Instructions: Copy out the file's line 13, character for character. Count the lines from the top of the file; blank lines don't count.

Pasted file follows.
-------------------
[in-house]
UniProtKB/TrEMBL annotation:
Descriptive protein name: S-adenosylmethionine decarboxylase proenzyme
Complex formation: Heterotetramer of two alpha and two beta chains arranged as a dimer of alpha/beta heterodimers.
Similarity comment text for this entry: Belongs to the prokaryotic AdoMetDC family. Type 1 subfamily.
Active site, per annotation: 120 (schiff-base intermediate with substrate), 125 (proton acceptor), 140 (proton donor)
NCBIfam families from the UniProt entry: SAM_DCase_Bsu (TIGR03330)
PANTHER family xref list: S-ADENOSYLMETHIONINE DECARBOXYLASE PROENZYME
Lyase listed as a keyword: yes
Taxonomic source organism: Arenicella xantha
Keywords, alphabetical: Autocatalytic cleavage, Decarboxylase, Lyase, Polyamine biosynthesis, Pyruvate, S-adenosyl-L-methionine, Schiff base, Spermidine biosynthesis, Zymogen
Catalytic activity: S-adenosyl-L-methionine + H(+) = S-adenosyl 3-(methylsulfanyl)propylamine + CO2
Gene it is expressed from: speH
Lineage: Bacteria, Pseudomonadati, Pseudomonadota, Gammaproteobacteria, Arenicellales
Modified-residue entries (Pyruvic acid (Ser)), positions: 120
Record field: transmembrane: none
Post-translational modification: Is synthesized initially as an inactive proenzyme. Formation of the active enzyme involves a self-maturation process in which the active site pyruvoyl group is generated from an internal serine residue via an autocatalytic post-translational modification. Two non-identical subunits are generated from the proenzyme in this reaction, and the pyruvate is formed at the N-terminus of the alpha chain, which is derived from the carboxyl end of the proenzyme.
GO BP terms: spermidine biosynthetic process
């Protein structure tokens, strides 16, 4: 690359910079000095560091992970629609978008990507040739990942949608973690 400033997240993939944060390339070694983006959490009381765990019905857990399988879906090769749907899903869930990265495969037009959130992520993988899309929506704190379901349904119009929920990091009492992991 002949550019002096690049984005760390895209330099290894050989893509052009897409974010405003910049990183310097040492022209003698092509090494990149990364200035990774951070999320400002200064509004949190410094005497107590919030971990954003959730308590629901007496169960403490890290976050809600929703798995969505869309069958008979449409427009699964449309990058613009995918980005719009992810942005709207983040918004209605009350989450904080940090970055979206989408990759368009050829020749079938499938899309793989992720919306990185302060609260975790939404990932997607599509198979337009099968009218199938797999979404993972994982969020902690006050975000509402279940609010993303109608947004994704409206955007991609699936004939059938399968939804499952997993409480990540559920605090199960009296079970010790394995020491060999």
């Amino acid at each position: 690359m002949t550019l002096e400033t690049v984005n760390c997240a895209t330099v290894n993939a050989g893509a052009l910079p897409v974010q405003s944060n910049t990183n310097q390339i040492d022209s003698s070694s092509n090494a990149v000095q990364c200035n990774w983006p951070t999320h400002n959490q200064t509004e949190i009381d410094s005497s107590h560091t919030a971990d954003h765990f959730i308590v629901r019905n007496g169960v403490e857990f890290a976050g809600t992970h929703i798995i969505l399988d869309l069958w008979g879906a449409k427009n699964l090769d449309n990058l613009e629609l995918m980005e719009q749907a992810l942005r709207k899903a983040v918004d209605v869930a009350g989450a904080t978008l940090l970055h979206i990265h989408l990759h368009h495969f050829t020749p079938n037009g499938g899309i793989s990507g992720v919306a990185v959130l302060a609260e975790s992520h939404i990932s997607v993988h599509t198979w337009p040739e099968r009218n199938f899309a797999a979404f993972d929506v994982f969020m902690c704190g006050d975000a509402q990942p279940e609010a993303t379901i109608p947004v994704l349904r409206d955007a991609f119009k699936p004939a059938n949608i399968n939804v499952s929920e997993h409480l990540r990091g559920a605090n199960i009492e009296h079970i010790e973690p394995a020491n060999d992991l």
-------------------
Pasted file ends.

Gene it is expressed from: speH